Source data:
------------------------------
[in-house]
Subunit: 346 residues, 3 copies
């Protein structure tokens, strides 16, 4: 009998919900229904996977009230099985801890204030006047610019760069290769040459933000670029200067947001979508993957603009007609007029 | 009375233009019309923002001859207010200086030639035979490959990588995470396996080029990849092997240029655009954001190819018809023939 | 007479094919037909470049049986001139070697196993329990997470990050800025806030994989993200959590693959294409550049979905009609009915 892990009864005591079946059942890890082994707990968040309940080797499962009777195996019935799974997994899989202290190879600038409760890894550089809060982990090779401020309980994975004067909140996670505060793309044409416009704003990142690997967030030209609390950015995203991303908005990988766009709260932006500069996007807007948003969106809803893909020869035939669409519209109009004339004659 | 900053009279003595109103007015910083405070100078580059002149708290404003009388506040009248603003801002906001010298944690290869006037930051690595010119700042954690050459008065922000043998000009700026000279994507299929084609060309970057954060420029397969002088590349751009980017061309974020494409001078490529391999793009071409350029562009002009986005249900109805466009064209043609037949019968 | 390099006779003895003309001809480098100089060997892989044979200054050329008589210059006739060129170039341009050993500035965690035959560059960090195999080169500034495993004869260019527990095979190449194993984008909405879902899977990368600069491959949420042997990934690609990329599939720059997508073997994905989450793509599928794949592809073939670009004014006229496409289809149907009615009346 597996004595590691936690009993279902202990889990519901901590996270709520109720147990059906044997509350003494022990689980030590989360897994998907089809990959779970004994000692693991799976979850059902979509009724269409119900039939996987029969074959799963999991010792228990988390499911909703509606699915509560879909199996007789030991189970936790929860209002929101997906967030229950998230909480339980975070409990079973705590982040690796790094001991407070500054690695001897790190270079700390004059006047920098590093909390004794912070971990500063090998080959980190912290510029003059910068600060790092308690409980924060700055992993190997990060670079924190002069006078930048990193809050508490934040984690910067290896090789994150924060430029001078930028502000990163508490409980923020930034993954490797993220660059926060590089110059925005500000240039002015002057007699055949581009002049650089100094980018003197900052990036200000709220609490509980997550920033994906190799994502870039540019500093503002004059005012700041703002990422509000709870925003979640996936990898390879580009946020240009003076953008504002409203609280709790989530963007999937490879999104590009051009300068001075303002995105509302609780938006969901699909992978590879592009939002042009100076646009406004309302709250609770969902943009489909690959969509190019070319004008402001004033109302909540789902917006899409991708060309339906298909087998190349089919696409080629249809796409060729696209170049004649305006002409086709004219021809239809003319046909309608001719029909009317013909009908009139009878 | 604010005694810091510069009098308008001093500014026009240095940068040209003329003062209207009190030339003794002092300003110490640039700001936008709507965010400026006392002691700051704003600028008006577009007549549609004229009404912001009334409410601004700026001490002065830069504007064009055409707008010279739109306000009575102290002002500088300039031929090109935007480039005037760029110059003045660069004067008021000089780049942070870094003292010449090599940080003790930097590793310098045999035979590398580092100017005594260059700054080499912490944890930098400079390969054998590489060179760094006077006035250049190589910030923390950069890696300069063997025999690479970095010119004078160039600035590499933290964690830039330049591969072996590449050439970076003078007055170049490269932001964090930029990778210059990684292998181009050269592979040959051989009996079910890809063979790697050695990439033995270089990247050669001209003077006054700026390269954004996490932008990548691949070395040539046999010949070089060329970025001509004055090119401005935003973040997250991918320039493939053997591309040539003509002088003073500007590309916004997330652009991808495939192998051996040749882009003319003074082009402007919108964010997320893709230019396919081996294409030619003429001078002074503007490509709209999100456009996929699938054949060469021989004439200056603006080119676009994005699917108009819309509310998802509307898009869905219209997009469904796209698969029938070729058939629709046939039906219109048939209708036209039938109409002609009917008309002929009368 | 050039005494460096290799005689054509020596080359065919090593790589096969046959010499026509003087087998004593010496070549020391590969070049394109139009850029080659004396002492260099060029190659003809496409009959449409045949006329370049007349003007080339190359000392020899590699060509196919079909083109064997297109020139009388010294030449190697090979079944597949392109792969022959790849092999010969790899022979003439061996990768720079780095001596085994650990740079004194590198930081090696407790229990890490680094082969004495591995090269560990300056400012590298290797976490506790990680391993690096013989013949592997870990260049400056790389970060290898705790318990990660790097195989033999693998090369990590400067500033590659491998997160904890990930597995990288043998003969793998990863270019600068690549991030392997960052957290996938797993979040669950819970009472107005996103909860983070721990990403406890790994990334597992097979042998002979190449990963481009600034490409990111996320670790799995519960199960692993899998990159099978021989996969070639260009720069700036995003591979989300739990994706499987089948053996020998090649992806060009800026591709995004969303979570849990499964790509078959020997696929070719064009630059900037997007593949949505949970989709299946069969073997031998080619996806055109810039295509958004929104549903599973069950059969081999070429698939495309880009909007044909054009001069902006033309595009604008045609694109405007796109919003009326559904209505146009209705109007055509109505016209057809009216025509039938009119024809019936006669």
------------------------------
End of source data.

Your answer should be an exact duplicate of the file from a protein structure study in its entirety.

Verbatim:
[in-house]
Subunit: 346 residues, 3 copies
């Protein structure tokens, strides 16, 4: 009998919900229904996977009230099985801890204030006047610019760069290769040459933000670029200067947001979508993957603009007609007029 | 009375233009019309923002001859207010200086030639035979490959990588995470396996080029990849092997240029655009954001190819018809023939 | 007479094919037909470049049986001139070697196993329990997470990050800025806030994989993200959590693959294409550049979905009609009915 892990009864005591079946059942890890082994707990968040309940080797499962009777195996019935799974997994899989202290190879600038409760890894550089809060982990090779401020309980994975004067909140996670505060793309044409416009704003990142690997967030030209609390950015995203991303908005990988766009709260932006500069996007807007948003969106809803893909020869035939669409519209109009004339004659 | 900053009279003595109103007015910083405070100078580059002149708290404003009388506040009248603003801002906001010298944690290869006037930051690595010119700042954690050459008065922000043998000009700026000279994507299929084609060309970057954060420029397969002088590349751009980017061309974020494409001078490529391999793009071409350029562009002009986005249900109805466009064209043609037949019968 | 390099006779003895003309001809480098100089060997892989044979200054050329008589210059006739060129170039341009050993500035965690035959560059960090195999080169500034495993004869260019527990095979190449194993984008909405879902899977990368600069491959949420042997990934690609990329599939720059997508073997994905989450793509599928794949592809073939670009004014006229496409289809149907009615009346 597996004595590691936690009993279902202990889990519901901590996270709520109720147990059906044997509350003494022990689980030590989360897994998907089809990959779970004994000692693991799976979850059902979509009724269409119900039939996987029969074959799963999991010792228990988390499911909703509606699915509560879909199996007789030991189970936790929860209002929101997906967030229950998230909480339980975070409990079973705590982040690796790094001991407070500054690695001897790190270079700390004059006047920098590093909390004794912070971990500063090998080959980190912290510029003059910068600060790092308690409980924060700055992993190997990060670079924190002069006078930048990193809050508490934040984690910067290896090789994150924060430029001078930028502000990163508490409980923020930034993954490797993220660059926060590089110059925005500000240039002015002057007699055949581009002049650089100094980018003197900052990036200000709220609490509980997550920033994906190799994502870039540019500093503002004059005012700041703002990422509000709870925003979640996936990898390879580009946020240009003076953008504002409203609280709790989530963007999937490879999104590009051009300068001075303002995105509302609780938006969901699909992978590879592009939002042009100076646009406004309302709250609770969902943009489909690959969509190019070319004008402001004033109302909540789902917006899409991708060309339906298909087998190349089919696409080629249809796409060729696209170049004649305006002409086709004219021809239809003319046909309608001719029909009317013909009908009139009878 | 604010005694810091510069009098308008001093500014026009240095940068040209003329003062209207009190030339003794002092300003110490640039700001936008709507965010400026006392002691700051704003600028008006577009007549549609004229009404912001009334409410601004700026001490002065830069504007064009055409707008010279739109306000009575102290002002500088300039031929090109935007480039005037760029110059003045660069004067008021000089780049942070870094003292010449090599940080003790930097590793310098045999035979590398580092100017005594260059700054080499912490944890930098400079390969054998590489060179760094006077006035250049190589910030923390950069890696300069063997025999690479970095010119004078160039600035590499933290964690830039330049591969072996590449050439970076003078007055170049490269932001964090930029990778210059990684292998181009050269592979040959051989009996079910890809063979790697050695990439033995270089990247050669001209003077006054700026390269954004996490932008990548691949070395040539046999010949070089060329970025001509004055090119401005935003973040997250991918320039493939053997591309040539003509002088003073500007590309916004997330652009991808495939192998051996040749882009003319003074082009402007919108964010997320893709230019396919081996294409030619003429001078002074503007490509709209999100456009996929699938054949060469021989004439200056603006080119676009994005699917108009819309509310998802509307898009869905219209997009469904796209698969029938070729058939629709046939039906219109048939209708036209039938109409002609009917008309002929009368 | 050039005494460096290799005689054509020596080359065919090593790589096969046959010499026509003087087998004593010496070549020391590969070049394109139009850029080659004396002492260099060029190659003809496409009959449409045949006329370049007349003007080339190359000392020899590699060509196919079909083109064997297109020139009388010294030449190697090979079944597949392109792969022959790849092999010969790899022979003439061996990768720079780095001596085994650990740079004194590198930081090696407790229990890490680094082969004495591995090269560990300056400012590298290797976490506790990680391993690096013989013949592997870990260049400056790389970060290898705790318990990660790097195989033999693998090369990590400067500033590659491998997160904890990930597995990288043998003969793998990863270019600068690549991030392997960052957290996938797993979040669950819970009472107005996103909860983070721990990403406890790994990334597992097979042998002979190449990963481009600034490409990111996320670790799995519960199960692993899998990159099978021989996969070639260009720069700036995003591979989300739990994706499987089948053996020998090649992806060009800026591709995004969303979570849990499964790509078959020997696929070719064009630059900037997007593949949505949970989709299946069969073997031998080619996806055109810039295509958004929104549903599973069950059969081999070429698939495309880009909007044909054009001069902006033309595009604008045609694109405007796109919003009326559904209505146009209705109007055509109505016209057809009216025509039938009119024809019936006669």